Anna Friel shines in Chekhov's heartbreaking Uncle Vanya

Nov 6, 2012

Ken Stott falls for an exceptionally alluring Friel in Chekhov's melancholy masterpiece

Nobby Clark

What you need to know
A new production of Anton Chekhov's play Uncle Vanya by award-winning theatre director Lindsay Posner has opened at the Vaudeville Theatre, West End. The adaptation is by Christopher Hampton, playwright and scriptwriter of Dangerous Liaisons.

Uncle Vanya tells the story of an acclaimed elderly professor and his much younger second wife, Yelena, who visit their rural family estate with plans to sell. The visit prompts the professor's brother-in-law, Vanya, to fall in unrequited love with Yelena and contemplate his lost youth and opportunities.

Ken Stott (best known for his television role as Rebus) is Vanya and Paul Freeman is the Professor. Anna Friel is Yelena.

Until 16 February.

What the critics like
You emerge from the production marvelling at Chekhov's astonishing daring, subtlety and emotional depth, says Charles Spencer in The Daily Telegraph. This fine production has an outstanding cast. Stott "marvellously captures" the play's contradictory mixture of comedy and despair as a middle-aged man in love with a younger woman, while Friel's Yelena is "exceptionally alluring".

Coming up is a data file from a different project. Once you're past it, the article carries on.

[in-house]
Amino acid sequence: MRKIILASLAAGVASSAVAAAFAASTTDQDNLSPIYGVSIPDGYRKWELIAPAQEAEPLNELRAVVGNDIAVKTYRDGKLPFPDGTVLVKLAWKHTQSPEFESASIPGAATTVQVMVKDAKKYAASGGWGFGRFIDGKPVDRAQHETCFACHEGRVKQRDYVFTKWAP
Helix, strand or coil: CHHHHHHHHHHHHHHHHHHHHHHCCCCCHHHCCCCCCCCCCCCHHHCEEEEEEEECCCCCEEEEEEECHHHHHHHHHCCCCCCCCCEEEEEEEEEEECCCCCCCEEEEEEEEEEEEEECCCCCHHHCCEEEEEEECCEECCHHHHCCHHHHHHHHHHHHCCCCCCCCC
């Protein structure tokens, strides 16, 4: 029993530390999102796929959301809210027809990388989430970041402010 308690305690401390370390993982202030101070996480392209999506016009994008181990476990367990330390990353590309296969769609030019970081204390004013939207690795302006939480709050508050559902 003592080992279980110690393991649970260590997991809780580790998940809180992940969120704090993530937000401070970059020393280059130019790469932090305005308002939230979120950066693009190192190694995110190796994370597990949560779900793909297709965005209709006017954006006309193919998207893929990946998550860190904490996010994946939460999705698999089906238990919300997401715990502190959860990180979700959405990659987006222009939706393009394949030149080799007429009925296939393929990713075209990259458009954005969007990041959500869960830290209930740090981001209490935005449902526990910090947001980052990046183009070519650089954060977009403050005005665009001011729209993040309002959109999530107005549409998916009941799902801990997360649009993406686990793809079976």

Christopher Hampton's Vanya is limpid, faithful, sharp, says Michael Billington in The Guardian. Friel "captures the essence of Yelena" - her palpable boredom, self-knowledge and anguish. Paul Freeman as her gouty, irritable husband, full of rage against old age, provides "the play's most intense moment".

This is Chekhov's "most heartbreaking" play, says Libby Purves in The Times. Anna Friel gives Yelena a rounded reality, as well as being "silently  funny".

What they don't like
Director Lindsay Posner's timing is unfortunate, says Kate Bassett in The Independent. Lucy Bailey's recent off-West End Vanya was wittier, and now Vakhtangov Theatre's rival Russian production is opening at the Noel Coward theatre, "threatening to steal Posner's thunder".

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